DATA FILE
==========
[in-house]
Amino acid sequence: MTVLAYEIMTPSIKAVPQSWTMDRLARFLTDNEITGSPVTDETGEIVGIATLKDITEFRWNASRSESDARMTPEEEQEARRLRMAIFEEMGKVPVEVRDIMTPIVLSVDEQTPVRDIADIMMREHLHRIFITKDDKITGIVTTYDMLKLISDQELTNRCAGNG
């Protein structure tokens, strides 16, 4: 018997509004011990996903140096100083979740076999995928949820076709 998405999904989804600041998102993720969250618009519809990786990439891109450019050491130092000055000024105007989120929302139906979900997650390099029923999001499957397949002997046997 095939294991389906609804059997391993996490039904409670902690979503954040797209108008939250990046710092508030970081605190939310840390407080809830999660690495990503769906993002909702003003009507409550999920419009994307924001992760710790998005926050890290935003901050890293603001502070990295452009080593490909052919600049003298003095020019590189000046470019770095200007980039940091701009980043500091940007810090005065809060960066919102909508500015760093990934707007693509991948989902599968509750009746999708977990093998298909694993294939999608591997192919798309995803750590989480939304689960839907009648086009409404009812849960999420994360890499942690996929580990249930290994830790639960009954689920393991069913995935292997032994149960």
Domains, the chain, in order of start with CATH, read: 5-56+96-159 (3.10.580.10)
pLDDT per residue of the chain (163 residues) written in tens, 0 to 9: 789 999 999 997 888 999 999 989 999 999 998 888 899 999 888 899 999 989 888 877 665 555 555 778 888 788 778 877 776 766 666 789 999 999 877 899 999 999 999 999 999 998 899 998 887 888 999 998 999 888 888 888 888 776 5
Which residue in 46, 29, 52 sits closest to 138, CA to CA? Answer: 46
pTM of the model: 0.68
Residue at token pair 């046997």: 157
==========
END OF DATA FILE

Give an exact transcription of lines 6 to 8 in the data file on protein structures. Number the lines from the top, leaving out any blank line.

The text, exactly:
Which residue in 46, 29, 52 sits closest to 138, CA to CA? Answer: 46
pTM of the model: 0.68
Residue at token pair 């046997």: 157